Three old records part 3.
I don’t want to mention Steve Albini again, but it is only in passing so......
Anyway, Big Black’s parting shot was a 7” that covered “The Model” by Kraftwerk, included in Songs about Fucking, the double A-side of which was a cover of Cheap Trick’s “He’s a Whore”. It’s a cracker actually and kind of offers up a possible direction for Albini’s post B.B. stuff that never materialized and in whose place we got the weird admixture of the smug irreverence and rockist-worthiness that characterised Rapeman and Shellac. Real drummers suck.
Strangely though I’d never bothered listening to Cheap Trick themselves assuming that B.B.’s version was an amped-up desecration of some wimpy soft rock abomination. For twenty years I’ve been wandering round with the entirely baseless assumption that Cheap Trick sound like Foreigner or Toto or something. I only bothered to listen to them because a work colleague with otherwise excellent tastes (although he does like the Beatles. And the Beach Boys, for that matter) goes on about how good they are.
And fuck me, he’s not wrong is he.
The first album is in by a whisker because it’s got “He’s a whore" on, the Big Black version of which is a bit graceless in comparison, though it’s possibly not as good as the second, “In Colour”, which includes a truly paint-stripping live version of “You’re All Talk”.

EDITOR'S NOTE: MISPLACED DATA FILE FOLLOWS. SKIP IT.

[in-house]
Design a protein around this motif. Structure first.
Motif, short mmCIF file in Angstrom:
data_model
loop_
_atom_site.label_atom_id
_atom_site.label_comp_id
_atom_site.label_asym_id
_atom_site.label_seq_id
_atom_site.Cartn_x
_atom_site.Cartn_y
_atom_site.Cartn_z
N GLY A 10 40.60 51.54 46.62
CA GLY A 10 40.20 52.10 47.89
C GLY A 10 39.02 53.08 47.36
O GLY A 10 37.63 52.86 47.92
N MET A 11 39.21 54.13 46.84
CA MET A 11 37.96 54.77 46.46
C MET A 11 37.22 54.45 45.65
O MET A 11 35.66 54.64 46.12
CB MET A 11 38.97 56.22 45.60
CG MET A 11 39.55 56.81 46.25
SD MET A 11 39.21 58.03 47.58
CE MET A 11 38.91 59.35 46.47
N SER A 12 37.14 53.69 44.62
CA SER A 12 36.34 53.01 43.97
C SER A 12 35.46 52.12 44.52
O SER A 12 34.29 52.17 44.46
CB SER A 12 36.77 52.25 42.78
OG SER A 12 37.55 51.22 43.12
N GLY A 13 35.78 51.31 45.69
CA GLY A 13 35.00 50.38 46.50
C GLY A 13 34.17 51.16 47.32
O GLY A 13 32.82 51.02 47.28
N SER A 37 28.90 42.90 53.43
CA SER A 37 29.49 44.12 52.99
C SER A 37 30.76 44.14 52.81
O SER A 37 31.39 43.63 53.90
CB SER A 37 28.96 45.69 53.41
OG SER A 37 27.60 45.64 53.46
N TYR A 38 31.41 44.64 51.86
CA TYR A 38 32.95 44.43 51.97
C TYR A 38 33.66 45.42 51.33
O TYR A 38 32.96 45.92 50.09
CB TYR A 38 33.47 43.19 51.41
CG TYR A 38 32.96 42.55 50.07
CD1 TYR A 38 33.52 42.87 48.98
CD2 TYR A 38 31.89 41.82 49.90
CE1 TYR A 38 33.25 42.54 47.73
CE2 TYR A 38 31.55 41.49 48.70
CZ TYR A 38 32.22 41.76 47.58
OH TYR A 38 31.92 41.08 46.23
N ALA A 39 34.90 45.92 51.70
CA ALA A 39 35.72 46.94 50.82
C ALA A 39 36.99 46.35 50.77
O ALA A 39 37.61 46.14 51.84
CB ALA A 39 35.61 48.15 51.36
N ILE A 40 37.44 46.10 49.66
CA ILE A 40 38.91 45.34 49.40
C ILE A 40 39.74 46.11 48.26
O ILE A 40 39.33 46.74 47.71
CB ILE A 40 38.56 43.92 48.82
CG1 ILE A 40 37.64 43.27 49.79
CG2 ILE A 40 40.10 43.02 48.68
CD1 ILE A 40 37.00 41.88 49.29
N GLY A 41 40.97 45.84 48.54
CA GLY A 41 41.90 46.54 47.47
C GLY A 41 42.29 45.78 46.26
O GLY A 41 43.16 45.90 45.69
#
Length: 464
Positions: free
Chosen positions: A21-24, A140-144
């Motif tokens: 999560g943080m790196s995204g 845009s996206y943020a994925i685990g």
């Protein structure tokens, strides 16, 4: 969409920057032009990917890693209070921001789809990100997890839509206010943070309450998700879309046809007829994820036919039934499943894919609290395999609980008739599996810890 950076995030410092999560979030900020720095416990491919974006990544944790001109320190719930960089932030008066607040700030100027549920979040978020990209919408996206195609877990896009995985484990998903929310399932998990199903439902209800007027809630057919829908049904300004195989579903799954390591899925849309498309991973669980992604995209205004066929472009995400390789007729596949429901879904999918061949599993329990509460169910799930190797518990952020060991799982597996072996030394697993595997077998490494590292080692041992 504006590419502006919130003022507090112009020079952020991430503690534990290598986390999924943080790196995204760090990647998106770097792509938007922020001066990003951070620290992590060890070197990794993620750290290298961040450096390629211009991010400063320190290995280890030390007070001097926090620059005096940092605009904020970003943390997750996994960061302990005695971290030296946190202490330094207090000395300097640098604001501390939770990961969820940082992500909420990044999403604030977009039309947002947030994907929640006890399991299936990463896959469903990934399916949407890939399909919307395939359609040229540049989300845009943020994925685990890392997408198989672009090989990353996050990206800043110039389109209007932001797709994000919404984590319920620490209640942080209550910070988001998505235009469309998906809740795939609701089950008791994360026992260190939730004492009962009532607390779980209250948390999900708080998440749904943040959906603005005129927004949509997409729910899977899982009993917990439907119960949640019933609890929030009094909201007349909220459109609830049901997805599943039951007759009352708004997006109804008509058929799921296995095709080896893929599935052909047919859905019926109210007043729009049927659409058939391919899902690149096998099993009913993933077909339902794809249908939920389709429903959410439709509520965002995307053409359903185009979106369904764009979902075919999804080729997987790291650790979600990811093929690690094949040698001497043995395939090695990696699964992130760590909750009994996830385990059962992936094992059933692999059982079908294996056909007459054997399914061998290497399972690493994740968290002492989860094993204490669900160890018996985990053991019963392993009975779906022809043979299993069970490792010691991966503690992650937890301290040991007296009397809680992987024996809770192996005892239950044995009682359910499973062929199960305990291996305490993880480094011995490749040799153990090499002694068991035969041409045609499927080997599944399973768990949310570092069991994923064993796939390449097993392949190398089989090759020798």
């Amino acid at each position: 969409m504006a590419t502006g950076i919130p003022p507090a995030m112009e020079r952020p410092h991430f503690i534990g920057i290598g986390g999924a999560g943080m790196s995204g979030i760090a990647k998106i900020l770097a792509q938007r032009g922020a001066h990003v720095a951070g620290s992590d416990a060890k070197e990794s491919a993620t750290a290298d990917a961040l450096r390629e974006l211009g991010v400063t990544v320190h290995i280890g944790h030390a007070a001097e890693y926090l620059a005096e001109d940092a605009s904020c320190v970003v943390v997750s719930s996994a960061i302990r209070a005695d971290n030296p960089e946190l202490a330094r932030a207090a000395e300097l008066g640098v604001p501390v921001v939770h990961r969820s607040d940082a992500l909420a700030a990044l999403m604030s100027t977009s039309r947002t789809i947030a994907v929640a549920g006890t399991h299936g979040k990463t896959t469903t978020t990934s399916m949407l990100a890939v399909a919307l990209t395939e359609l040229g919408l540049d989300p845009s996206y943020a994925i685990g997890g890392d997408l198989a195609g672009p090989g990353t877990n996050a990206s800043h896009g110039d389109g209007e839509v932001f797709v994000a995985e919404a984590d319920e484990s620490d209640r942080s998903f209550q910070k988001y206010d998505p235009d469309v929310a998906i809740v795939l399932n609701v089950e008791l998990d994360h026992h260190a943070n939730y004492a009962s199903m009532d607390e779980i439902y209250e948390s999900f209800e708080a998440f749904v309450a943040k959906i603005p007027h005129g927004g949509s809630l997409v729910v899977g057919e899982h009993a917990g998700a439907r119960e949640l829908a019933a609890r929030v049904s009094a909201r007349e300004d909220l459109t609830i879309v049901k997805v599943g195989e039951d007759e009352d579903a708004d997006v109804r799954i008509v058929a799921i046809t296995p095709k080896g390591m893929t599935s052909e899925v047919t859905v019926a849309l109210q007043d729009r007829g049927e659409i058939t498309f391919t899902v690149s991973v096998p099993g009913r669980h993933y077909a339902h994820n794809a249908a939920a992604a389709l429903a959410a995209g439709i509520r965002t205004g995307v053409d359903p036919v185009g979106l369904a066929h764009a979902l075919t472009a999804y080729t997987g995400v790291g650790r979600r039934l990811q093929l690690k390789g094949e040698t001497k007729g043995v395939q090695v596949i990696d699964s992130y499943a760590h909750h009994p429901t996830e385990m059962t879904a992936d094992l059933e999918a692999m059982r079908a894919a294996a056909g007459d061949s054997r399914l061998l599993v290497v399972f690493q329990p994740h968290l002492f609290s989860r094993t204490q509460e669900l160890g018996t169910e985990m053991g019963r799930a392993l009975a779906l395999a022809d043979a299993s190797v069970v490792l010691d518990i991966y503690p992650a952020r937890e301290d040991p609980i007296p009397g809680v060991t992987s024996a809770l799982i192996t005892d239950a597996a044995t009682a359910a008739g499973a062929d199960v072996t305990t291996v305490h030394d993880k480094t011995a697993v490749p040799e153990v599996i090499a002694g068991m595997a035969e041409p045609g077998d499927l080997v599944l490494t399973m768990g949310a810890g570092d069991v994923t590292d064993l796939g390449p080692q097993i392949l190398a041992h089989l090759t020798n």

To say it rocks would be an understatement. Imagine a Mini Cooper with knackered suspension parked up in a lay-by somewhere outside Leighton Buzzard: Geoff Capes and Giant Haystacks are having a fisting session in the back seat. It rocks more than that.
A part of it’s rocking so gloriously is of course it’s silk-shirted, preening faginess. It’s half-glam, half-pop, half-incipient hardcore, 150 percent thrilling. Unbelievably, instantaneously memorable hooks, crotch-tinglingy propulsive riffs, stomping glitter drums, a more-ish even-MOR-ish in places, exquisitely balanced, salted and seasoned feast for the senses. It’s the sheer ranging musicality of the album (and actually almost all their stuff) from the bubblegum-disco core of “ Whore” to the hyper-bright Boogie of “Hot Love” or the billowy, pre-verbed vocals on the lovely ballad “Mandecello” every track offering up some smart but unsmug bit of wizardry without it ever getting in the way of the song’s impact.
Sexy, sophisticated, mercilessly entertaining, horribly addictive.